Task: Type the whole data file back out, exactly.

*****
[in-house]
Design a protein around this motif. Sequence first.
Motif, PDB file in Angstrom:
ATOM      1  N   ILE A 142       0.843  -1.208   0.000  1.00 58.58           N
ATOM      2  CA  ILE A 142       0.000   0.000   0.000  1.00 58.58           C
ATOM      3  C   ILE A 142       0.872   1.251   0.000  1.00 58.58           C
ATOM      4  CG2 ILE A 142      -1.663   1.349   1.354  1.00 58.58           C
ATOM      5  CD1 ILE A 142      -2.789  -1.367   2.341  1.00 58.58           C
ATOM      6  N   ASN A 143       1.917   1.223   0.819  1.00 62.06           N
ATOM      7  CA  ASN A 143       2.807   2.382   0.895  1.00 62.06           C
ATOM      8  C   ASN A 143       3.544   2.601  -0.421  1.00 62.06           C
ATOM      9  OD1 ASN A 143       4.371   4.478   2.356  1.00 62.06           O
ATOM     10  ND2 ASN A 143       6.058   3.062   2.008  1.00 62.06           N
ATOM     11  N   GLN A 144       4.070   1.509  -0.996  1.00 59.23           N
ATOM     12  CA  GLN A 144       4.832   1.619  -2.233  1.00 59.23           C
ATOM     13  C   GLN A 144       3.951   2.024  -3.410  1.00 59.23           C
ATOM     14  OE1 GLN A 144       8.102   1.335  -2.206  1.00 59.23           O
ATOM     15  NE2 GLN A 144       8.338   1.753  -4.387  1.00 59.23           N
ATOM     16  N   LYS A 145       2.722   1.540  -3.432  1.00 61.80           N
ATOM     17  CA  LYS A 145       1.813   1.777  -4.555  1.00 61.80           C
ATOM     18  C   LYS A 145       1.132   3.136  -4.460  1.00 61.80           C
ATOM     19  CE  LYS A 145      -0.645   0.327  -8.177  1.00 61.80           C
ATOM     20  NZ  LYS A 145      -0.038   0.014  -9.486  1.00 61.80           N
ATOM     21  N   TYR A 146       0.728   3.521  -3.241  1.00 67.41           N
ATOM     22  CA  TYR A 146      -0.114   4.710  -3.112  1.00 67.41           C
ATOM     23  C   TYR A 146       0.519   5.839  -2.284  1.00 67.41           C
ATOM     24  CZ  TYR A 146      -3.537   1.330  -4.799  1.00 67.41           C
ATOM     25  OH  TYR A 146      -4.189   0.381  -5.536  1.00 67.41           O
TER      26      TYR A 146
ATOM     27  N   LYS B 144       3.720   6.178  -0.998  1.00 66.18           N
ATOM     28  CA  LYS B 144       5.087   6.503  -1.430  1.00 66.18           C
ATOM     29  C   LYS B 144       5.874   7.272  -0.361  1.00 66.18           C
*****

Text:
[in-house]
Design a protein around this motif. Sequence first.
Motif, PDB file in Angstrom:
ATOM      1  N   ILE A 142       0.843  -1.208   0.000  1.00 58.58           N
ATOM      2  CA  ILE A 142       0.000   0.000   0.000  1.00 58.58           C
ATOM      3  C   ILE A 142       0.872   1.251   0.000  1.00 58.58           C
ATOM      4  CG2 ILE A 142      -1.663   1.349   1.354  1.00 58.58           C
ATOM      5  CD1 ILE A 142      -2.789  -1.367   2.341  1.00 58.58           C
ATOM      6  N   ASN A 143       1.917   1.223   0.819  1.00 62.06           N
ATOM      7  CA  ASN A 143       2.807   2.382   0.895  1.00 62.06           C
ATOM      8  C   ASN A 143       3.544   2.601  -0.421  1.00 62.06           C
ATOM      9  OD1 ASN A 143       4.371   4.478   2.356  1.00 62.06           O
ATOM     10  ND2 ASN A 143       6.058   3.062   2.008  1.00 62.06           N
ATOM     11  N   GLN A 144       4.070   1.509  -0.996  1.00 59.23           N
ATOM     12  CA  GLN A 144       4.832   1.619  -2.233  1.00 59.23           C
ATOM     13  C   GLN A 144       3.951   2.024  -3.410  1.00 59.23           C
ATOM     14  OE1 GLN A 144       8.102   1.335  -2.206  1.00 59.23           O
ATOM     15  NE2 GLN A 144       8.338   1.753  -4.387  1.00 59.23           N
ATOM     16  N   LYS A 145       2.722   1.540  -3.432  1.00 61.80           N
ATOM     17  CA  LYS A 145       1.813   1.777  -4.555  1.00 61.80           C
ATOM     18  C   LYS A 145       1.132   3.136  -4.460  1.00 61.80           C
ATOM     19  CE  LYS A 145      -0.645   0.327  -8.177  1.00 61.80           C
ATOM     20  NZ  LYS A 145      -0.038   0.014  -9.486  1.00 61.80           N
ATOM     21  N   TYR A 146       0.728   3.521  -3.241  1.00 67.41           N
ATOM     22  CA  TYR A 146      -0.114   4.710  -3.112  1.00 67.41           C
ATOM     23  C   TYR A 146       0.519   5.839  -2.284  1.00 67.41           C
ATOM     24  CZ  TYR A 146      -3.537   1.330  -4.799  1.00 67.41           C
ATOM     25  OH  TYR A 146      -4.189   0.381  -5.536  1.00 67.41           O
TER      26      TYR A 146
ATOM     27  N   LYS B 144       3.720   6.178  -0.998  1.00 66.18           N
ATOM     28  CA  LYS B 144       5.087   6.503  -1.430  1.00 66.18           C
ATOM     29  C   LYS B 144       5.874   7.272  -0.361  1.00 66.18           C